Memories of the outside world will never have the same tonality as those of home and, by recalling these memories, we add to our store of dreams; we are never real historians, but always near poets, and our emotion is perhaps nothing but an expression of a poetry that was lost.
-Gaston Bachelard, ‘The Poetics of Space’ (1958)
The environments created in and on the structure take the form of a burning house, as well as panoramas of dreams and mindscapes creating a 'virtual psycho-reality'. Using fire to conjure imagery, we illuminate memories and the past through the live and transitory medium of digital video. The audience may enter and explore the house and its imagery. Cameras create a live feed of those who enter. We reference the burning of Richmond and the survival of Tredegar during the evacuation by the Confederate Army during the Civil War alongside themes of sanctuary, fortress, love, prison and family.
Chocolato Disco is a reflection of the cultural experiences I’ve encountered during my years in Richmond and the United States. Through this video I am able to show how I’ve absorbed American culture, contemporary events, and my own native Korean preferences, and fit them together. Living in America for six years, I’ve seen my own life move in a fast and colorful pace, and the process reminds me of a hectic disco.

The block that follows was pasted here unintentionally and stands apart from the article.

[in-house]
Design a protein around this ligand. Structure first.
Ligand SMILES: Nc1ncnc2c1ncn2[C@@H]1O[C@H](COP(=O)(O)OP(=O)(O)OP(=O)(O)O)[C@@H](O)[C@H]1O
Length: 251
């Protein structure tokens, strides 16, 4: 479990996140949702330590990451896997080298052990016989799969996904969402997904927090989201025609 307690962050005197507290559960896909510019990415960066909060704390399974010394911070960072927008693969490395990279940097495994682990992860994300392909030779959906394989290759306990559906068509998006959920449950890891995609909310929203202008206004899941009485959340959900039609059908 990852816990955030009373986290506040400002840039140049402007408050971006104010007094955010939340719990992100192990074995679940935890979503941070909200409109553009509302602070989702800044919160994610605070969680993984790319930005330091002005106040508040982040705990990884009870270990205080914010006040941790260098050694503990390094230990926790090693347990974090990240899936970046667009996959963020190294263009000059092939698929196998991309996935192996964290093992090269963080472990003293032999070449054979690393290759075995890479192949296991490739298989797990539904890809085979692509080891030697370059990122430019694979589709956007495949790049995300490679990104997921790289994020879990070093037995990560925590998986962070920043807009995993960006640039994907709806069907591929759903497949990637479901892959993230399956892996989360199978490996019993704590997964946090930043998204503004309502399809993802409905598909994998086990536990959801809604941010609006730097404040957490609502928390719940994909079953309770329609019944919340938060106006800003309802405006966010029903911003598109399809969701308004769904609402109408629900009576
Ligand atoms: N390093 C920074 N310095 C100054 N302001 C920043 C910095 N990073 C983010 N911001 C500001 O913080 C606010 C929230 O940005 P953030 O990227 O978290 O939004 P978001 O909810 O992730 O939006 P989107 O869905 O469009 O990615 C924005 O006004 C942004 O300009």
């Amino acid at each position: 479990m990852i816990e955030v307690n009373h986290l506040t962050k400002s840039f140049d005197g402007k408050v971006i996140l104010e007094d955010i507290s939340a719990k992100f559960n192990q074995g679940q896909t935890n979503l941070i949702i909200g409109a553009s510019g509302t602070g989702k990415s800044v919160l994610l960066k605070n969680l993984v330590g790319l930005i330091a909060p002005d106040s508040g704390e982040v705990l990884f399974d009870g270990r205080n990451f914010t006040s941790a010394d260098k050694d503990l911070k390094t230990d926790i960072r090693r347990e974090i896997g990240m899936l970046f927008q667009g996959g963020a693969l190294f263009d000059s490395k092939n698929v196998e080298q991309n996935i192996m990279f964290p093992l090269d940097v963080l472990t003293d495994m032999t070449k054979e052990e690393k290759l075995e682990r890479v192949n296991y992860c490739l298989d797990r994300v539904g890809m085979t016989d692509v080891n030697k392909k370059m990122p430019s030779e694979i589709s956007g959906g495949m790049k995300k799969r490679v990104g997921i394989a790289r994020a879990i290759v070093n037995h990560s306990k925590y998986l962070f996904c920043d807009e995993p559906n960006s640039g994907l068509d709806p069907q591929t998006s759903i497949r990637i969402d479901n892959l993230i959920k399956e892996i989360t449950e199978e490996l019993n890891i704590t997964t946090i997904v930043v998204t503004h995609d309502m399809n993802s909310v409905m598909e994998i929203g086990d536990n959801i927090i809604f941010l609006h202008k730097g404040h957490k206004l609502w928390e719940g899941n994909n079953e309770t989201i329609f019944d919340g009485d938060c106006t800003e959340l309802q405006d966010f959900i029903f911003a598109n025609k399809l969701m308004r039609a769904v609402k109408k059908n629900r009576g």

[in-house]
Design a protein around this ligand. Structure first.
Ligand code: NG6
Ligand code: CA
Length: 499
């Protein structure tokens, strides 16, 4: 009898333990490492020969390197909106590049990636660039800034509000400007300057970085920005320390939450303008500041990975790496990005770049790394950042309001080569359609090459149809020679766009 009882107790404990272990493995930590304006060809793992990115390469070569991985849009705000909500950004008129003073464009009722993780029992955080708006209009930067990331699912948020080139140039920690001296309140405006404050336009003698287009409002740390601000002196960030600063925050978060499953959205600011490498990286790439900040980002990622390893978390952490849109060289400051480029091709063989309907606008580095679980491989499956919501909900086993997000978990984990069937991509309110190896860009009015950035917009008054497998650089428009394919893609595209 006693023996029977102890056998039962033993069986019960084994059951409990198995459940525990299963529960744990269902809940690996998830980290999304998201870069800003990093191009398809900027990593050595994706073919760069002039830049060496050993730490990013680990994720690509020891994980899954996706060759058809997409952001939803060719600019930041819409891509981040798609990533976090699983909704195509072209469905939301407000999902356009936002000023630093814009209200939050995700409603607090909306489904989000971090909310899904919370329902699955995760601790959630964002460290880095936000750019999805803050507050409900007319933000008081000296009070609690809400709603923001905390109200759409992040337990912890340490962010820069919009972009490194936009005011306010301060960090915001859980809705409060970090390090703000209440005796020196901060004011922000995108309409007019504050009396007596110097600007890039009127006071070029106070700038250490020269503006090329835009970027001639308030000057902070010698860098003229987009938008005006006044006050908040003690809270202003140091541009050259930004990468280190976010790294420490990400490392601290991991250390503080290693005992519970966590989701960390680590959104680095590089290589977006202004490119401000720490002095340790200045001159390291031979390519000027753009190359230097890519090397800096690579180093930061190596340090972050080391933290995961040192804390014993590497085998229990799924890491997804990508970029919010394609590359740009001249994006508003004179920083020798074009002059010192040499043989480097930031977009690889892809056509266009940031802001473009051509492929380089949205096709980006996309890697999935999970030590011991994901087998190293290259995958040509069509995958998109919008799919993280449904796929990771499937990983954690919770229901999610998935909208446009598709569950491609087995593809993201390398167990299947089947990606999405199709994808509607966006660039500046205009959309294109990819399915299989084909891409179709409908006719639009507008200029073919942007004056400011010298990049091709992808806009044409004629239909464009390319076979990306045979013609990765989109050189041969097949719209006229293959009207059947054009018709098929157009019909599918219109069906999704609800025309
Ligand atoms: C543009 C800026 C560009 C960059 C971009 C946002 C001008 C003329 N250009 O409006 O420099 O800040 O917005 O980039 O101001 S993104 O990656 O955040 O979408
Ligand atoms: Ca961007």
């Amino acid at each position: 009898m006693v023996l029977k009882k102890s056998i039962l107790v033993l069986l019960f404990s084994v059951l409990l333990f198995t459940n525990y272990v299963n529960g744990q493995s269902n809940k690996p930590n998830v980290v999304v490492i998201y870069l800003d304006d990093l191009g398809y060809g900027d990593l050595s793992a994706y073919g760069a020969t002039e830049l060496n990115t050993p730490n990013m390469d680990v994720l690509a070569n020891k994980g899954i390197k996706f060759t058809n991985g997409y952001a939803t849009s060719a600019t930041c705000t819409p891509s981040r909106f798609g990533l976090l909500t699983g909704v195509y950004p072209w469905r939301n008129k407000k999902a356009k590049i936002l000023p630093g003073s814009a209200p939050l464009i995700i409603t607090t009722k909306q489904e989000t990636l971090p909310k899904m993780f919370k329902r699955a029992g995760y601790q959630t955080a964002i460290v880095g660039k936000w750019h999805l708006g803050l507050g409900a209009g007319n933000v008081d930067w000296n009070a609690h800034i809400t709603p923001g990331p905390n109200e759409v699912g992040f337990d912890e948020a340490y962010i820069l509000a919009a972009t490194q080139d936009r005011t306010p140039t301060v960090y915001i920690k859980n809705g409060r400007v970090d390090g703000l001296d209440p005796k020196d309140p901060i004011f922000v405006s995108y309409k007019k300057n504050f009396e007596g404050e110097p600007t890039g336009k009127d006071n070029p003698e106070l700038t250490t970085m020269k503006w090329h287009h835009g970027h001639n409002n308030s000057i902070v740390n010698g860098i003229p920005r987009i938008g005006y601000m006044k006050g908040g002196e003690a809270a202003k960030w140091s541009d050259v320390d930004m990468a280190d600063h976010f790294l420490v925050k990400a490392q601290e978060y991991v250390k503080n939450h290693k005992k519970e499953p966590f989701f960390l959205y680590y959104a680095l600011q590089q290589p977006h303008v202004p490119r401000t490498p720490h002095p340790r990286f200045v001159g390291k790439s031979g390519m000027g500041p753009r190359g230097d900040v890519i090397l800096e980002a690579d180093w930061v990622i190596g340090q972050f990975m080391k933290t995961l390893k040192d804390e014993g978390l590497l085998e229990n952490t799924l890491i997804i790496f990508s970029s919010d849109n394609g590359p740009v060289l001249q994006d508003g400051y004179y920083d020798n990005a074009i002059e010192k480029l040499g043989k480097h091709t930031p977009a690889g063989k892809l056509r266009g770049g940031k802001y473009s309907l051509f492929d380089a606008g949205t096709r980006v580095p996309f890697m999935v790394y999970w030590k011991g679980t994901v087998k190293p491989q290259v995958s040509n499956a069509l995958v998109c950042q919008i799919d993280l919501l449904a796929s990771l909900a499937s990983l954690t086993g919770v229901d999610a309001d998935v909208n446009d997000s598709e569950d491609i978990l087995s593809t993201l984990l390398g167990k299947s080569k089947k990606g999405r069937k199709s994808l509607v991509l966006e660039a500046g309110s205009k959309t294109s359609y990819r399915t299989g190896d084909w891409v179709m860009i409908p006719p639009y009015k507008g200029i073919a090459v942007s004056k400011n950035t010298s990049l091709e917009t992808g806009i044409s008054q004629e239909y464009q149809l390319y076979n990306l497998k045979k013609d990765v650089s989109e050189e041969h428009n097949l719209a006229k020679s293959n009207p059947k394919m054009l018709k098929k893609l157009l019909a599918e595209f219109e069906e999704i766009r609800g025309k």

“I have not failed. I’ve just found 10,000 ways that won’t work”. - Thomas Edison
In this body of work I use simple lenses to project familiar yet unidentifiable images. The images are the actual components of the light itself, like filaments, glass bulbs and reflecting panels. This minimal and raw approach strips down everything except for the physical elements of the “light”. The projected images are not quite recognizable reflecting the fact that we never really see the actual light and its structure. We only pay attention to what it produces—its luminosity—overlooking the simplicity and beauty of the apparatus and the history behind its invention.
A network of glowing circles swims just under the surface of the river. Disrupted by the play of water, each fluorescent ring wavers, becoming in turns blurred and distinct. The grouping at once conjures up bioluminescent sea-life, radioactivity, reflections, and the ephemeral—yet celebratory—nature of the glow-in-dark bracelets from which the web is formed.
As a swarm of bioluminescent sea creatures emerges from an arrangement of consumer objects, a fusion is made between real and artificial, natural and manmade. The sense of wonder engendered by a single glow-in-the-dark bracelet is expanded upon by loss of context, repetition, and association with natural phenomena.
Mea Adams and Logan Dennison,
Nina Becker, Double Negative, 2011
Kathryn Bell, Ironclads, 2011
Stefani Byrd and Wes Eastin, DIVA, 2011
Annica Cuppetelli and Cristobal Mendoza,
Brian Davis, Sightline (2011), 2011
Paul Mario Elsner, Neither (after Samuel Beckett), 2011
Peter Fraser, Inspiration Generation, 2011
Max Greis, Recollections at Tredegar 1, 2 and 3, 2011
Riley Harmon, Trace, 2011
Morgan Higby-Flowers, Input == Input, 2011
Andrew Kozlowski, Emergency Flag, 2011
Annapurna Kumar, Homage to Gikomino, 2011
Amanda Long, Harvest Moon, 2010-11
The Medeology Collective, Frameworks of Memory, 2011